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Douglas Fairbanks Jr.,
Adaptation of the Broadway musical. Magnolia Hawks is the lovely but protected, and thus very naive, daughter of Cap'n Andy Hawks, the genial proprietor of a show boat that cruises the Missisippi, and his nagging wife, Parthy. She is best friends with the show boat's star, Julie LaVerne, but Julie and her husband Steve are forced to leave when it is revealed that Julie has "Negro" blood in her, thereby breaking the state law by being married to the white Steve. Magnolia replaces Julie as the show boat's female star, and the show's new male star is the suave gambler Gaylord Ravenal. "Nola" and Gaylord fall in love and marry against Parthy's wishes. They and their young daughter lead the high life when Gaylord is lucky in gambling, but live like dirt when he's unlucky. During one such unlucky streak, a broken Gaylord leaves Nola, and she is forced to start over by returning to the stage. Like Old Man River, as the famous song from this show goes, she just keeps rollin' along. Written by
HEAR Glorious New Music and Songs by Jerome Kern and Oscar Hammerstein II: "Gallivantin' Around", "Ah Still Suits Me", "I Have The Room Above Her", plus "Make Believe", "Ol' Man River", "Can't Help Lovin' Dat Man of Mine". See more »
The scenes of the townspeople running toward the dock to greet the arrival of the show boat incorporate footage from the 1929 part-talkie film version. The moment in which this footage is used is very noticeable: for a few seconds, the image looks "speeded up", the way silent films used to look when shown on sound film projectors. See more »
When Joe begins to sing "Ol' Man River" he picks up a board and begins to whittle it. He slices off two pieces and then the camera switches to an oblique shot. But now the board is whittled to a slender rod. See more »
Did you understand the moral of the play, my dear?
Oh,sure, ma. Did you see how he kissed her?
Yes! I hardly thought that was in the best of taste!
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For the opening credits, we see a cardboard cutout display of a show boat parade, with cutout paper townspeople watching it, on a moving turntable. The parade revolves past the camera carrying cardboard banners on which are printed the title and other credits to the film. Most of the parade figures are simply figures, but among them we can discern cutouts of Paul Robeson and Helen Morgan (the appearance of these figures does not coincide with the appearance of their names onscreen). In the background can be seen the shadows of a paddlewheel and a riverboat. See more »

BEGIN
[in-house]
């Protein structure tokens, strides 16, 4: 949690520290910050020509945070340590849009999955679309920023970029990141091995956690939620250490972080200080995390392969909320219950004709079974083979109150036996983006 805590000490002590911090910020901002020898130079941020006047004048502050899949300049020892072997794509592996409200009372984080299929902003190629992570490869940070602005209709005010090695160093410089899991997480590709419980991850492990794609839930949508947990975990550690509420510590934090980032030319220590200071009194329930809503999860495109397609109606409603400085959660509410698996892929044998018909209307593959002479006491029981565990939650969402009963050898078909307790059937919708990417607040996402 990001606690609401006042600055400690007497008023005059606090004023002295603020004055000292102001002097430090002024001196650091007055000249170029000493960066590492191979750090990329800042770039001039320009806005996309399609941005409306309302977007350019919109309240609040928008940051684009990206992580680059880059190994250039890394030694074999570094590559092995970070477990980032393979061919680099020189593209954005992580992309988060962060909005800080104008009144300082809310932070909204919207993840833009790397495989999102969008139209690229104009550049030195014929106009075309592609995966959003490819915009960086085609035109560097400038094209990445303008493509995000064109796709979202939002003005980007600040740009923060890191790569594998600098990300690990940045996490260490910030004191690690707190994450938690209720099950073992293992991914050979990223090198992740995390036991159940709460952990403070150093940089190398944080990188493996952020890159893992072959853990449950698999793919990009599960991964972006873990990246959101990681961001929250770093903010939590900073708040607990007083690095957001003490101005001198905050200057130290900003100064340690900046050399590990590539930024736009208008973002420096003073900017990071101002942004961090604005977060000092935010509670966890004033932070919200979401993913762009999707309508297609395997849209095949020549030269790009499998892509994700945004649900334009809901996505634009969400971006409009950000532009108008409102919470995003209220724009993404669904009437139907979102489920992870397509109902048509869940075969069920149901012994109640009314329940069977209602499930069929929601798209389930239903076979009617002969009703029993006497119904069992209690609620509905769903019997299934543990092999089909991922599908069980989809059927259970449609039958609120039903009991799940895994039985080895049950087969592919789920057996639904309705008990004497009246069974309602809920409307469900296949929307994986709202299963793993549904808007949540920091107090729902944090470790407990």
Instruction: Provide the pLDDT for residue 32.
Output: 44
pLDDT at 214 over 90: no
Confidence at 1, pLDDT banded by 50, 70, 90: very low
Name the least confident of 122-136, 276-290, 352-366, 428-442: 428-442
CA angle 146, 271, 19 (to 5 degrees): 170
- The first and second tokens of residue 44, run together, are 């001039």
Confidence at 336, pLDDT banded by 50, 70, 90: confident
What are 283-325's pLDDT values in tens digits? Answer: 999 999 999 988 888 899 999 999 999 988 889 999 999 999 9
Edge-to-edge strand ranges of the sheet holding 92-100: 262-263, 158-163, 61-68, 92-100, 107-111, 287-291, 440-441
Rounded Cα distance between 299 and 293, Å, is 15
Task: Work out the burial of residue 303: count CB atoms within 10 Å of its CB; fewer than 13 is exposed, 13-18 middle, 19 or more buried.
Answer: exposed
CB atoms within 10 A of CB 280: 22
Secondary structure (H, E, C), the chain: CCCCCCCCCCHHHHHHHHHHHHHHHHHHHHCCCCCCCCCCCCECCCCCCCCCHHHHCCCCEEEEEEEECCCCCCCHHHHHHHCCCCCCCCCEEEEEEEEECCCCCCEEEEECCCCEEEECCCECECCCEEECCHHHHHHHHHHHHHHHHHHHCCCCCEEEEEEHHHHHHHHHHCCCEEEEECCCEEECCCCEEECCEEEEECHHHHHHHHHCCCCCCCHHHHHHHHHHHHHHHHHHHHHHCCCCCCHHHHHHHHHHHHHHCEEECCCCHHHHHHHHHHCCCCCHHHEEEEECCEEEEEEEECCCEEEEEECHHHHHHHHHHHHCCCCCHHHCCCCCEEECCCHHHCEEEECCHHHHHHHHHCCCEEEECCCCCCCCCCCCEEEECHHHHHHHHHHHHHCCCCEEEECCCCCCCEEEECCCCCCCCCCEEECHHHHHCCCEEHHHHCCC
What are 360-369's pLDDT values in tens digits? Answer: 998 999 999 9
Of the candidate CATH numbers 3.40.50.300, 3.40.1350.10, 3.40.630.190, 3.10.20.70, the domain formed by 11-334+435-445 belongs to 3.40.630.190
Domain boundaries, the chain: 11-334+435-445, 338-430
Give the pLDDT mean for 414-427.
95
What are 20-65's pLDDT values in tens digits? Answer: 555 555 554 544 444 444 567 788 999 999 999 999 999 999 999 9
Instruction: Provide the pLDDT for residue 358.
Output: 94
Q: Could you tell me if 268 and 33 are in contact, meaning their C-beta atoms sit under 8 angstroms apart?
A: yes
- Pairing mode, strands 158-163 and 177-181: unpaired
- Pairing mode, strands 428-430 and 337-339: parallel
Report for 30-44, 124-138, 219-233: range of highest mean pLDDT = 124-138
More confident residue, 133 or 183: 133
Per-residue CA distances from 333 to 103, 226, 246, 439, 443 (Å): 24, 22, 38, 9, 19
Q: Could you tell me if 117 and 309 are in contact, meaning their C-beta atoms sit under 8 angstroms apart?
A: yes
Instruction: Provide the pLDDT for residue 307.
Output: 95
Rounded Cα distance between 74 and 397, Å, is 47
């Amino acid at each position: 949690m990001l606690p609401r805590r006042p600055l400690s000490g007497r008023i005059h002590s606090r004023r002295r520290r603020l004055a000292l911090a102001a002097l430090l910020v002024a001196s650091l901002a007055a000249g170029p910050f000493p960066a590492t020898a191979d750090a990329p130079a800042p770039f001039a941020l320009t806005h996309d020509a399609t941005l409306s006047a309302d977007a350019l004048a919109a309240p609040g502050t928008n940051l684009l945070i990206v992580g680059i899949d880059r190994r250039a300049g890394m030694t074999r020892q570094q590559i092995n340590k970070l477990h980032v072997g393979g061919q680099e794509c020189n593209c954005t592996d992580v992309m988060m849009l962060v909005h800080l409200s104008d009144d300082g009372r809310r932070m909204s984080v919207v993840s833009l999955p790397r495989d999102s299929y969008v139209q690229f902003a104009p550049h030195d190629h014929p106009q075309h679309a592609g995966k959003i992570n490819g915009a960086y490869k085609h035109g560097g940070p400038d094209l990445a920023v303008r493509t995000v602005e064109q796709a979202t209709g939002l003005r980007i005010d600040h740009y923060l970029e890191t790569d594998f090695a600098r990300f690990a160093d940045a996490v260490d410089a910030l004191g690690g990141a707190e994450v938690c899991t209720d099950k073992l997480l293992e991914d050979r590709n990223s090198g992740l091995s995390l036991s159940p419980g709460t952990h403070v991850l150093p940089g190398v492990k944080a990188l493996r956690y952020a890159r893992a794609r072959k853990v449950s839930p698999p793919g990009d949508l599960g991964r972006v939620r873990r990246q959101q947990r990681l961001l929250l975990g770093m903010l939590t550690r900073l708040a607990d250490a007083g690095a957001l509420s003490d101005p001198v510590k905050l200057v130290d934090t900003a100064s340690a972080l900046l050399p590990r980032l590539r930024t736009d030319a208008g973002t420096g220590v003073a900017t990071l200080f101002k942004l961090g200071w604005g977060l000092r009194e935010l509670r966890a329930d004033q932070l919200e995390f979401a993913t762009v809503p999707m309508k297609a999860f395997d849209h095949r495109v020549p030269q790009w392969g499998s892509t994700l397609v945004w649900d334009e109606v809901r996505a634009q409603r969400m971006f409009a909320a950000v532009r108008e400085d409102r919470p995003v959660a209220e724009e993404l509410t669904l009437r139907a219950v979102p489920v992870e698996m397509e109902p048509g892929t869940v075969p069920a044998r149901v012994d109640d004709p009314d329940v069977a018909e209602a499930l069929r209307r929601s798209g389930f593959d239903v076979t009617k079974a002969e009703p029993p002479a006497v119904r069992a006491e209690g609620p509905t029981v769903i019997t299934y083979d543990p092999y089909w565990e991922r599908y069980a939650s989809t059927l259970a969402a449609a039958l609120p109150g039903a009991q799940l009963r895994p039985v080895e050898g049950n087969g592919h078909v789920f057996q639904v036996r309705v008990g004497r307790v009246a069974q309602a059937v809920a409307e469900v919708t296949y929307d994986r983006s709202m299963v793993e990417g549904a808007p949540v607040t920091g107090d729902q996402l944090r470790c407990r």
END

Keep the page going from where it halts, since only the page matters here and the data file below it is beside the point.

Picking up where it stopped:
James Whale's outstanding 1936 film version of "Show Boat" is indeed a musical film that others must aspire to.His slick direction brings out not only the pathos of the piece,but the humor and dramatic chemistry as well.As with most screen adaptations of Broadway musicals there are some missing songs.Most sorely missed is Ravanal's stirring 'Till Good Luck Comes My Way" and Queenie's haunting "Misery's Comin Around",but even with these omissions its a great film.
Hammerstein's script is full of meaning and power.The cast is up for the chalanging subject matter. Original broadway cast members Charles Winninger as Capn Andy and Helen Morgan as Julie along with the London Joe,the legendary Paul Robeson, win best of film honors. Winninger's Andy is full of comedic humor well balanced with quiet tenderness.Morgan as Julie,although past her prime still commands the stage emotionally as the tragic Julie, and Robeson gives us a well layered performance as the easy going,but wise Joe. His "Old Man River" still sends chills down one's spine.
The rest of the cast is no less polished. Allan Jones and Irene Dunne as the central figures,Ravanal and Nola create a wondeful bond. their chemistry,both vocal and emotional is right on the mark.Hattie McDaniel is a delightful Queenie and shines in her partnership with Robeson (particularly in their duet,'Ah Still Suits Me").
The themes of Hammersteins' script still are valid today,Racisim,Spousal abandonment,Bigotry and Financial Hardship. This is what makes this film a classic.It still has something to say in today's so called "advanced" society.
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